Making Pizzelle

on Thursday, November 17, 2011

Recently I bought a pizzelle maker and I couldn't wait to break it in. I felt very ambitious and had visions of making all different flavors like anise, chocolate, citrus, cinnamon, orange and rum, almond and some even dipped in chocolate and then into nuts, oh yes and sprinkles for the kids! Well I didn't get all that far because making pizzeles are very time consuming!
I have a close friend Jean who can make these in her sleep! Pretty much every event in life like holidays, parties, funerals, or just a few girls getting together you can always count on Jean to bring her pizzelles. Pizzelle making is a true labor of love, you have to be patient, something I need to work on when baking or making cookies!

I followed the recipes that came with my pizzelle maker because they're all basically all about the same, flour, butter, eggs, sugar and the flavorings of your choice. After I did one batch I was pretty much done! I called Jean for advice and she gave me some good tips, like don't be in a hurry, allow a couple of hours, sit down and watch TV while your making them. My recipe said to drop a tablespoon of batter behind the center of the pattern, I did that and they were too big, batter was oozing out the sides and running into each other, I was ready to give up they looked terrible! Jean said to use a heaping teaspoon of the batter ( which comes out pretty thick) and place it in the center, I did what she said and they turned out great!

I've always loved the the designs on pizzelle irons, they make beautiful crispy wafer cookies and always look gorgeous on a platter.

Right now I'm hiding these in a big tin and plan to bring them out as part of our Thanksgiving Day dessert. I made traditional anise flavor and chocolate ones as well.

I made the sprinkled kind for my two granddaughters simply by taking the heaping teaspoon of dough and rolling it into a bowl of sprinkles right before you place the ball of batter on the iron. My advice is to do the sprinkle ones last so that you won't find any tiny sprinkles on your other flavors.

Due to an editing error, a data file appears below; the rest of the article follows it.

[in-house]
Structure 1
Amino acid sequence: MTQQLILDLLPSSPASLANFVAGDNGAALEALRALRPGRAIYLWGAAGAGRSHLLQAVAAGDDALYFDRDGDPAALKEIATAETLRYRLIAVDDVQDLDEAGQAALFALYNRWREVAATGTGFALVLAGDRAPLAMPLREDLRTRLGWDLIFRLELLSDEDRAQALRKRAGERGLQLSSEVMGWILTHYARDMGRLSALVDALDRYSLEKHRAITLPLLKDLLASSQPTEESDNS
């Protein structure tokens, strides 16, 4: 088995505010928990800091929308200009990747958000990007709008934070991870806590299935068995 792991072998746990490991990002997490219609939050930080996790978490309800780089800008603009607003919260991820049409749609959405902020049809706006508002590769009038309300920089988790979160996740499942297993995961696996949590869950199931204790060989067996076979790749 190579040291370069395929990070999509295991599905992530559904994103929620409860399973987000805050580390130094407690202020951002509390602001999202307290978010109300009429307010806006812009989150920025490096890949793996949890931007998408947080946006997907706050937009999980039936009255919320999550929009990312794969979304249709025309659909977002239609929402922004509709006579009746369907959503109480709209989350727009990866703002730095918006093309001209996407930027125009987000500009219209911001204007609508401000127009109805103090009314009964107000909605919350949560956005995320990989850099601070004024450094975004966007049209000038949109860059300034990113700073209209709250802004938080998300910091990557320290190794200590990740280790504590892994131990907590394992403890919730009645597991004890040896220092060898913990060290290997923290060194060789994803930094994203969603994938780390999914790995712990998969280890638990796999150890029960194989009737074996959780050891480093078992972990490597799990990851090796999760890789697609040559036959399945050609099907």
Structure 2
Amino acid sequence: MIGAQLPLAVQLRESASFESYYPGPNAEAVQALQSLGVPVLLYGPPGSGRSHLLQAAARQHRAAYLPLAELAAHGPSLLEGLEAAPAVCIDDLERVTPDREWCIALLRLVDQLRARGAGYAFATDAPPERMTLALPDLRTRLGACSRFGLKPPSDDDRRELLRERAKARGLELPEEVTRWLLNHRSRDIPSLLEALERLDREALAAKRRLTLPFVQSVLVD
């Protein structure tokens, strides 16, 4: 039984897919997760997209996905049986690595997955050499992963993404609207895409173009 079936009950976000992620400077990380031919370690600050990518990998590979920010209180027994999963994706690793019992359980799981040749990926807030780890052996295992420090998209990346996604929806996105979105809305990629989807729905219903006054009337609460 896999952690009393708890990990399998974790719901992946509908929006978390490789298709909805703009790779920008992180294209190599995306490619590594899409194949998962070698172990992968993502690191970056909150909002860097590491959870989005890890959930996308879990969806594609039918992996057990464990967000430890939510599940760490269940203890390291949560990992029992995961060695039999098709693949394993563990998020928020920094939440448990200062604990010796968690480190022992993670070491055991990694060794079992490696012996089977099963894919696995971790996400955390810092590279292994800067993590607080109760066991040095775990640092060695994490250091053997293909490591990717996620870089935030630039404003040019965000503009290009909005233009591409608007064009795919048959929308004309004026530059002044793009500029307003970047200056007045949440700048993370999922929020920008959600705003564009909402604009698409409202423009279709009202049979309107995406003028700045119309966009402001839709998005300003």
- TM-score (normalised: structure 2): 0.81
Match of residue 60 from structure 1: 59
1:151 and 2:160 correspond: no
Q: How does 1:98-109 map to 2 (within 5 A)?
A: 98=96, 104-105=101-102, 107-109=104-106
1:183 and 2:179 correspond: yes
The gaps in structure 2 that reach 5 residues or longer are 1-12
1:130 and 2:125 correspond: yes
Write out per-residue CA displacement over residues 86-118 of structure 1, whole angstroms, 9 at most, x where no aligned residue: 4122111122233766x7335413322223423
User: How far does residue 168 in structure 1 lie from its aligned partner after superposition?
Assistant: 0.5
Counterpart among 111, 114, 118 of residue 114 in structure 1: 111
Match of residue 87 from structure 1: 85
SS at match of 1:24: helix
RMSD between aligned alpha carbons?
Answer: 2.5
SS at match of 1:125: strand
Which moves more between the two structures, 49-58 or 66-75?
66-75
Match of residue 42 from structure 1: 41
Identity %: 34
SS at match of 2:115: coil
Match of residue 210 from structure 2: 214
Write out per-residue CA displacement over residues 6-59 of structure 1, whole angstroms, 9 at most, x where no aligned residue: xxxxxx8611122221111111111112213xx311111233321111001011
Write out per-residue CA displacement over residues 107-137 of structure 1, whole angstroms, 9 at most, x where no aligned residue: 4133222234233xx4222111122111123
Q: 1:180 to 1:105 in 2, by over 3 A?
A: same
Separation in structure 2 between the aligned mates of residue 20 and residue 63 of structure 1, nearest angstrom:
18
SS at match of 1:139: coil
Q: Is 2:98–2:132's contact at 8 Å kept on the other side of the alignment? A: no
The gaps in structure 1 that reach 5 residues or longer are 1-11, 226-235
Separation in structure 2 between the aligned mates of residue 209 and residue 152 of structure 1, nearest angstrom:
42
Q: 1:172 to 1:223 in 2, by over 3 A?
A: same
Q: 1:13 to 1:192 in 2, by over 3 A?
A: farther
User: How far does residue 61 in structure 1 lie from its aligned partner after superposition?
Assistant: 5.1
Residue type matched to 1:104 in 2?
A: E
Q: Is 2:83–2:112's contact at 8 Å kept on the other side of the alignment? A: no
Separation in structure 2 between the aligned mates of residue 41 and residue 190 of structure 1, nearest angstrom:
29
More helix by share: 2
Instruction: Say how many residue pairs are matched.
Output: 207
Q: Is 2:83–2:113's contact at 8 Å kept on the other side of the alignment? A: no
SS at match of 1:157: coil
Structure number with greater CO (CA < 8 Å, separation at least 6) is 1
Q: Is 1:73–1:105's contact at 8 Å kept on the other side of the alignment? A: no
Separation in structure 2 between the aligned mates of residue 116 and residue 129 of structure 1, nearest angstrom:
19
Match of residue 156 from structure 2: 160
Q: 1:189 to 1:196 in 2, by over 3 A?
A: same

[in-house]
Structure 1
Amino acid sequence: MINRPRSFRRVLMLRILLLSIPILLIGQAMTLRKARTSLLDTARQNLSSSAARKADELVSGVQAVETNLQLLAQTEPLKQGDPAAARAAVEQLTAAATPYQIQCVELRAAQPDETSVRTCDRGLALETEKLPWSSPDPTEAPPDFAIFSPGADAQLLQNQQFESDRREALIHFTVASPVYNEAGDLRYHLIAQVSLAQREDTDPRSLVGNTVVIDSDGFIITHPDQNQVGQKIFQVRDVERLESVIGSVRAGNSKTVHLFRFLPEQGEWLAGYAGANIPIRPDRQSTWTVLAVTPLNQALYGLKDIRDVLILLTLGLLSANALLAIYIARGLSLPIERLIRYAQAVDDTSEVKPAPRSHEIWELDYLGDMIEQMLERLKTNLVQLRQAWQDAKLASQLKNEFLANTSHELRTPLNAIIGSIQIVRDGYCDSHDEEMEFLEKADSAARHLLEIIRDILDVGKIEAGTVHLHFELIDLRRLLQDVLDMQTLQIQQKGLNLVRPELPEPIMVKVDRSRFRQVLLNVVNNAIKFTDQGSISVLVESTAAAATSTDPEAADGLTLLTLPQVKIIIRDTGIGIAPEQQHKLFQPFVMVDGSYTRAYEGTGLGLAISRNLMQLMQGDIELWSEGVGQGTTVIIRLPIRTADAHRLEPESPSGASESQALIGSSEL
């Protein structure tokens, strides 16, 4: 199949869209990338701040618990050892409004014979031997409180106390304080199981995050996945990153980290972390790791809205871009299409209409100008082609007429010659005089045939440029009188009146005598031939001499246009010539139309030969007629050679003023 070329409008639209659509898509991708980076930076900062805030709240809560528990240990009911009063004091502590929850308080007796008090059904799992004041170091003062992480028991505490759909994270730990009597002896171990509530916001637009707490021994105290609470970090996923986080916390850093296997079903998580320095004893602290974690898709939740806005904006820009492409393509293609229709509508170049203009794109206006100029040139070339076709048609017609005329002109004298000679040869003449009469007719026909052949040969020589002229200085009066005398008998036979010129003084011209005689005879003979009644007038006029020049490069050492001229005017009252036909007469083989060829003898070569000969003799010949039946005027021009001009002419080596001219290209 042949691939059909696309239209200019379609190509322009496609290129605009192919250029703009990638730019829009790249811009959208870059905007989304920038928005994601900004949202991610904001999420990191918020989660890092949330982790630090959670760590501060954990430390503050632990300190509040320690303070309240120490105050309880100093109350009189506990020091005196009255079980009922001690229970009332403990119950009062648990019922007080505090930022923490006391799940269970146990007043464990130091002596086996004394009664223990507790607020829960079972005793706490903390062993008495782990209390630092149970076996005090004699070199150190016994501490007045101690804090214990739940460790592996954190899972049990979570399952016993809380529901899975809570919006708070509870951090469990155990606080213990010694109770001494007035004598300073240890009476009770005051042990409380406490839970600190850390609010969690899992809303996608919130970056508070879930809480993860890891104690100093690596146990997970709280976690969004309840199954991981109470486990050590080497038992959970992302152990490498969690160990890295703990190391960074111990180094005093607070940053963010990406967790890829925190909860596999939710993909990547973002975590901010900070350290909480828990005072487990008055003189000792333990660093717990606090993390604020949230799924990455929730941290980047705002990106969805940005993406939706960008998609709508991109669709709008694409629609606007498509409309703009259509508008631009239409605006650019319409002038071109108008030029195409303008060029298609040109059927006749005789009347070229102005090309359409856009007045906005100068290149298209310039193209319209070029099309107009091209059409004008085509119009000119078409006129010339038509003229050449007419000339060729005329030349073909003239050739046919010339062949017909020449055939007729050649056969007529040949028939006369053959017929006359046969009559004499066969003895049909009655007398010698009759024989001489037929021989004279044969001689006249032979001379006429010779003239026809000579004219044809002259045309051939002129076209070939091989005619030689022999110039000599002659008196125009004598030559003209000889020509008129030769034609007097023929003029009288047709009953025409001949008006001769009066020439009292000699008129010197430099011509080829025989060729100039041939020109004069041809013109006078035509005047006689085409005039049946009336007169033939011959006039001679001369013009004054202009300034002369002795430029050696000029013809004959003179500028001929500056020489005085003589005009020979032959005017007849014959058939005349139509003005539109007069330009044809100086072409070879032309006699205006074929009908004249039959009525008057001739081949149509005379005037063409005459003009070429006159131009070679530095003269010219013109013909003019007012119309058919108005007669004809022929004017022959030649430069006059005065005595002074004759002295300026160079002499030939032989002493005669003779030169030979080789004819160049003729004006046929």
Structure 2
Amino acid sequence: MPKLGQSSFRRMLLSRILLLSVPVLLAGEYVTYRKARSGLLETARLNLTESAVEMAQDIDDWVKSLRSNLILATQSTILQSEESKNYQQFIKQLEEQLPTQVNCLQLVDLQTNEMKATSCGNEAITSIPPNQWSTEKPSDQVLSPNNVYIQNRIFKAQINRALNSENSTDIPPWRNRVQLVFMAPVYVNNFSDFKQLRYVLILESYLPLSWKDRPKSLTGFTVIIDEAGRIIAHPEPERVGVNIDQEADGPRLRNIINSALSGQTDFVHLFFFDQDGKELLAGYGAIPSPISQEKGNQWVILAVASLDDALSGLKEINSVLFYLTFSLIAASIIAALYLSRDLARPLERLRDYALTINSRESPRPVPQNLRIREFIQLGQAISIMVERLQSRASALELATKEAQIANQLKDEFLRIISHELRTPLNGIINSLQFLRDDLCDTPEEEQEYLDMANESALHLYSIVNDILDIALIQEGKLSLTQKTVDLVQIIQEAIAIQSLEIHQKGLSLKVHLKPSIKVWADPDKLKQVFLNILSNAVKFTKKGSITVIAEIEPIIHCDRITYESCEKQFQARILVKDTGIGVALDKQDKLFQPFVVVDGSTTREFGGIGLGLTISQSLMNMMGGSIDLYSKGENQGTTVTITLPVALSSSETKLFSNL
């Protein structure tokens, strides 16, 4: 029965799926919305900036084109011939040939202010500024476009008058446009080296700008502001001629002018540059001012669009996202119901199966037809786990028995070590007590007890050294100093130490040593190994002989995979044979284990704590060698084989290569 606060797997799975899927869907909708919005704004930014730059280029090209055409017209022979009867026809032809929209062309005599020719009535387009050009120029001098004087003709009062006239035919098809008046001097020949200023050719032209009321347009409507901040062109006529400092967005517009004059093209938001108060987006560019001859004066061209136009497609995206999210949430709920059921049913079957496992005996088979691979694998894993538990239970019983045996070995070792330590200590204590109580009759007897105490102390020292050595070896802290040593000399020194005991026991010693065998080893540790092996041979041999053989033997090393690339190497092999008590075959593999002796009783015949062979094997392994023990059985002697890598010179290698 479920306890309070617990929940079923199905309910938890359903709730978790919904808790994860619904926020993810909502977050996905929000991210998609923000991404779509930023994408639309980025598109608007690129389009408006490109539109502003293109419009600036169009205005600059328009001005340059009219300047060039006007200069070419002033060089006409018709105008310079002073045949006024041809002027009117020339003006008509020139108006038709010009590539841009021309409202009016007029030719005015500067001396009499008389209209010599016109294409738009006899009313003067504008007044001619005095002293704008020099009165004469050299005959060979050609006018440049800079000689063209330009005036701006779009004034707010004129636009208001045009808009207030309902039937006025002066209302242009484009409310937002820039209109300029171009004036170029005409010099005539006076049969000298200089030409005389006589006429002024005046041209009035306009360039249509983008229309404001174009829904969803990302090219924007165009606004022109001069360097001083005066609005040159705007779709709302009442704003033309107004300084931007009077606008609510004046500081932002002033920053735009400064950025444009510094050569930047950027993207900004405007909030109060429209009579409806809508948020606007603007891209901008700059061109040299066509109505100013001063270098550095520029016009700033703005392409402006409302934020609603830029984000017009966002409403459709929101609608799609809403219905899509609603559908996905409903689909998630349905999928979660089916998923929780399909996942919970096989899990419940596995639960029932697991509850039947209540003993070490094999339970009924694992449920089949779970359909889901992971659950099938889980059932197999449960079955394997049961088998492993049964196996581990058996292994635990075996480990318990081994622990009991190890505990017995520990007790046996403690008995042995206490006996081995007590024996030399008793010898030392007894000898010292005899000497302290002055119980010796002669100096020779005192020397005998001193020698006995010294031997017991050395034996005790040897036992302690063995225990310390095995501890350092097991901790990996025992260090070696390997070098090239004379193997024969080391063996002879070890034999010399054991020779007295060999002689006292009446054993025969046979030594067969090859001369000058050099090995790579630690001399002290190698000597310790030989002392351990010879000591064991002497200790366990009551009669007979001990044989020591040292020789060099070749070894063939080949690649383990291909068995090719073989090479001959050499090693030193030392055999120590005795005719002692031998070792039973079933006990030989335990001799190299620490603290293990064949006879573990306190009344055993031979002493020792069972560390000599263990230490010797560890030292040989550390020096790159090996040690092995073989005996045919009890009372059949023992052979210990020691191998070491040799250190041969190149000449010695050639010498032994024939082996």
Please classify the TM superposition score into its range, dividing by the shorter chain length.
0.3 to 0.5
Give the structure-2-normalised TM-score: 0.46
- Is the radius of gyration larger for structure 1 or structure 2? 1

My oldest granddaughter was off of school the day I made these so she taste tested a few and gave me thumbs up all the way, so did her dad!

Jean says don't powder sugar them until the day you're going to eat them, if you have a cool place store them in a can, they last for weeks and still stay crispy, no need to freeze.

Here's the basic recipe with variations:

6 eggs** 1 cup of sugar** 1 cup of melted butter** ( Jean says you can use canola oil if you want in place of the melted butter) **2 teaspoons vanilla** 3 cups flour** 1 tablespoon baking powder**

( For anise flavor add 1 teaspoon of anise seeds and 2 teaspoons of anise extract) if you use pure anise oil, use much less like 1/2 teaspoon or a teaspoon.

( For chocolate flavor add 1/2 cup of cocoa powder)

Melt butter and set aside. Beat eggs and sugar until light yellow, 2-3 minutes. Add melted butter and vanilla or other flavorings. Beat until blended. Sift together the ingredients, fold until just blended, add remaining flour and fold again until just incorporated.

Heat pizzelle iron, place 1 heaping teaspoon of batter in center of pattern. Bake until golden brown, about 30-40 seconds. Remove and cool on a rack. Repeat with remaining batter. This could make six dozen depending on how deep your grooves are on your iron. ( Jean triples this, if you're going to do it you might as well make a bunch!)

Happy Thanksgiving to all!